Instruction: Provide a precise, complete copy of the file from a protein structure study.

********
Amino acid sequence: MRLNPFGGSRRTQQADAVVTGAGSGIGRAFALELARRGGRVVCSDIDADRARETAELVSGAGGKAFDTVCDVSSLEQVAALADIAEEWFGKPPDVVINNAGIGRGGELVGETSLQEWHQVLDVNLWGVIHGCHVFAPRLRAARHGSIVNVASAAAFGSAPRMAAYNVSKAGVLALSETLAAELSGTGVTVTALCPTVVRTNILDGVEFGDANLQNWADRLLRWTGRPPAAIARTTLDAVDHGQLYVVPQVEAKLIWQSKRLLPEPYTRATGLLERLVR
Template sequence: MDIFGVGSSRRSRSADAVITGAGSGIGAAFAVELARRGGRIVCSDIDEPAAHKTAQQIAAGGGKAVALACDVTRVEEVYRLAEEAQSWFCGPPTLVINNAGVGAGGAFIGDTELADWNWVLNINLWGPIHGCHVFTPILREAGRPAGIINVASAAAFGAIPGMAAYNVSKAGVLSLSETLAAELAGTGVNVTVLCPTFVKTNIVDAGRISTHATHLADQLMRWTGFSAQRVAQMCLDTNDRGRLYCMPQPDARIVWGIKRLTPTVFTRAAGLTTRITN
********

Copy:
Amino acid sequence: MRLNPFGGSRRTQQADAVVTGAGSGIGRAFALELARRGGRVVCSDIDADRARETAELVSGAGGKAFDTVCDVSSLEQVAALADIAEEWFGKPPDVVINNAGIGRGGELVGETSLQEWHQVLDVNLWGVIHGCHVFAPRLRAARHGSIVNVASAAAFGSAPRMAAYNVSKAGVLALSETLAAELSGTGVTVTALCPTVVRTNILDGVEFGDANLQNWADRLLRWTGRPPAAIARTTLDAVDHGQLYVVPQVEAKLIWQSKRLLPEPYTRATGLLERLVR
Template sequence: MDIFGVGSSRRSRSADAVITGAGSGIGAAFAVELARRGGRIVCSDIDEPAAHKTAQQIAAGGGKAVALACDVTRVEEVYRLAEEAQSWFCGPPTLVINNAGVGAGGAFIGDTELADWNWVLNINLWGPIHGCHVFTPILREAGRPAGIINVASAAAFGAIPGMAAYNVSKAGVLSLSETLAAELAGTGVNVTVLCPTFVKTNIVDAGRISTHATHLADQLMRWTGFSAQRVAQMCLDTNDRGRLYCMPQPDARIVWGIKRLTPTVFTRAAGLTTRITN